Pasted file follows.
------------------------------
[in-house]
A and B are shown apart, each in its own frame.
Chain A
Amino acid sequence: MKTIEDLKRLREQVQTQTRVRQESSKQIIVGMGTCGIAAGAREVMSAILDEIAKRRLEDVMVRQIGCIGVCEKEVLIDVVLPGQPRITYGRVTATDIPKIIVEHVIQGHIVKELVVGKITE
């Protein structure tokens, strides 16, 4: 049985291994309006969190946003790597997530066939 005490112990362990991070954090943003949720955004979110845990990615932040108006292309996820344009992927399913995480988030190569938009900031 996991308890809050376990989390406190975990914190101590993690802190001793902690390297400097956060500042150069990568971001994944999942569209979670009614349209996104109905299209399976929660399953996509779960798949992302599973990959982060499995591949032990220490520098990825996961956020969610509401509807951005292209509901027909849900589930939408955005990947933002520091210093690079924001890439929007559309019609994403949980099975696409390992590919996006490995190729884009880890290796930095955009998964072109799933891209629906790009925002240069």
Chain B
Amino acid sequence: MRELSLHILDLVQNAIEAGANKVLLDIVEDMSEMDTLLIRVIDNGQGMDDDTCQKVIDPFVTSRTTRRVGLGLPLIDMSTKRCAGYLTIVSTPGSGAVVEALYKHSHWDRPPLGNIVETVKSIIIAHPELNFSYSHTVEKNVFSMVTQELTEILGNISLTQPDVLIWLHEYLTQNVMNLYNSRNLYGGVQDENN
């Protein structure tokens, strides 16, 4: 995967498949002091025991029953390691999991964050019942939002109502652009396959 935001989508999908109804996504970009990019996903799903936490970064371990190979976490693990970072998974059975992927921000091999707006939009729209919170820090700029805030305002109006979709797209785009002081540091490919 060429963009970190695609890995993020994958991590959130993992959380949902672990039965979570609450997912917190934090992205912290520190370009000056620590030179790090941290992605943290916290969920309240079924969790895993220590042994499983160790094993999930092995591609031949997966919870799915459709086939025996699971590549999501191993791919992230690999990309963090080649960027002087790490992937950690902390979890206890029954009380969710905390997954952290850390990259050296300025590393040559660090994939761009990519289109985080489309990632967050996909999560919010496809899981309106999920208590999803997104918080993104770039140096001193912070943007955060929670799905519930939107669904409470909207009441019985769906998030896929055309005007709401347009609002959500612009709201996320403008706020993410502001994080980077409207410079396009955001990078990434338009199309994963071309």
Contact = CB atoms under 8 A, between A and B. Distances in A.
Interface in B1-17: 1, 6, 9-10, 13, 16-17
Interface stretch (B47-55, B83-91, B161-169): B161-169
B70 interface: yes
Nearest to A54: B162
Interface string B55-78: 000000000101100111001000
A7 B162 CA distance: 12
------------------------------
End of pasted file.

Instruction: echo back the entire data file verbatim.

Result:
[in-house]
A and B are shown apart, each in its own frame.
Chain A
Amino acid sequence: MKTIEDLKRLREQVQTQTRVRQESSKQIIVGMGTCGIAAGAREVMSAILDEIAKRRLEDVMVRQIGCIGVCEKEVLIDVVLPGQPRITYGRVTATDIPKIIVEHVIQGHIVKELVVGKITE
């Protein structure tokens, strides 16, 4: 049985291994309006969190946003790597997530066939 005490112990362990991070954090943003949720955004979110845990990615932040108006292309996820344009992927399913995480988030190569938009900031 996991308890809050376990989390406190975990914190101590993690802190001793902690390297400097956060500042150069990568971001994944999942569209979670009614349209996104109905299209399976929660399953996509779960798949992302599973990959982060499995591949032990220490520098990825996961956020969610509401509807951005292209509901027909849900589930939408955005990947933002520091210093690079924001890439929007559309019609994403949980099975696409390992590919996006490995190729884009880890290796930095955009998964072109799933891209629906790009925002240069």
Chain B
Amino acid sequence: MRELSLHILDLVQNAIEAGANKVLLDIVEDMSEMDTLLIRVIDNGQGMDDDTCQKVIDPFVTSRTTRRVGLGLPLIDMSTKRCAGYLTIVSTPGSGAVVEALYKHSHWDRPPLGNIVETVKSIIIAHPELNFSYSHTVEKNVFSMVTQELTEILGNISLTQPDVLIWLHEYLTQNVMNLYNSRNLYGGVQDENN
């Protein structure tokens, strides 16, 4: 995967498949002091025991029953390691999991964050019942939002109502652009396959 935001989508999908109804996504970009990019996903799903936490970064371990190979976490693990970072998974059975992927921000091999707006939009729209919170820090700029805030305002109006979709797209785009002081540091490919 060429963009970190695609890995993020994958991590959130993992959380949902672990039965979570609450997912917190934090992205912290520190370009000056620590030179790090941290992605943290916290969920309240079924969790895993220590042994499983160790094993999930092995591609031949997966919870799915459709086939025996699971590549999501191993791919992230690999990309963090080649960027002087790490992937950690902390979890206890029954009380969710905390997954952290850390990259050296300025590393040559660090994939761009990519289109985080489309990632967050996909999560919010496809899981309106999920208590999803997104918080993104770039140096001193912070943007955060929670799905519930939107669904409470909207009441019985769906998030896929055309005007709401347009609002959500612009709201996320403008706020993410502001994080980077409207410079396009955001990078990434338009199309994963071309």
Contact = CB atoms under 8 A, between A and B. Distances in A.
Interface in B1-17: 1, 6, 9-10, 13, 16-17
Interface stretch (B47-55, B83-91, B161-169): B161-169
B70 interface: yes
Nearest to A54: B162
Interface string B55-78: 000000000101100111001000
A7 B162 CA distance: 12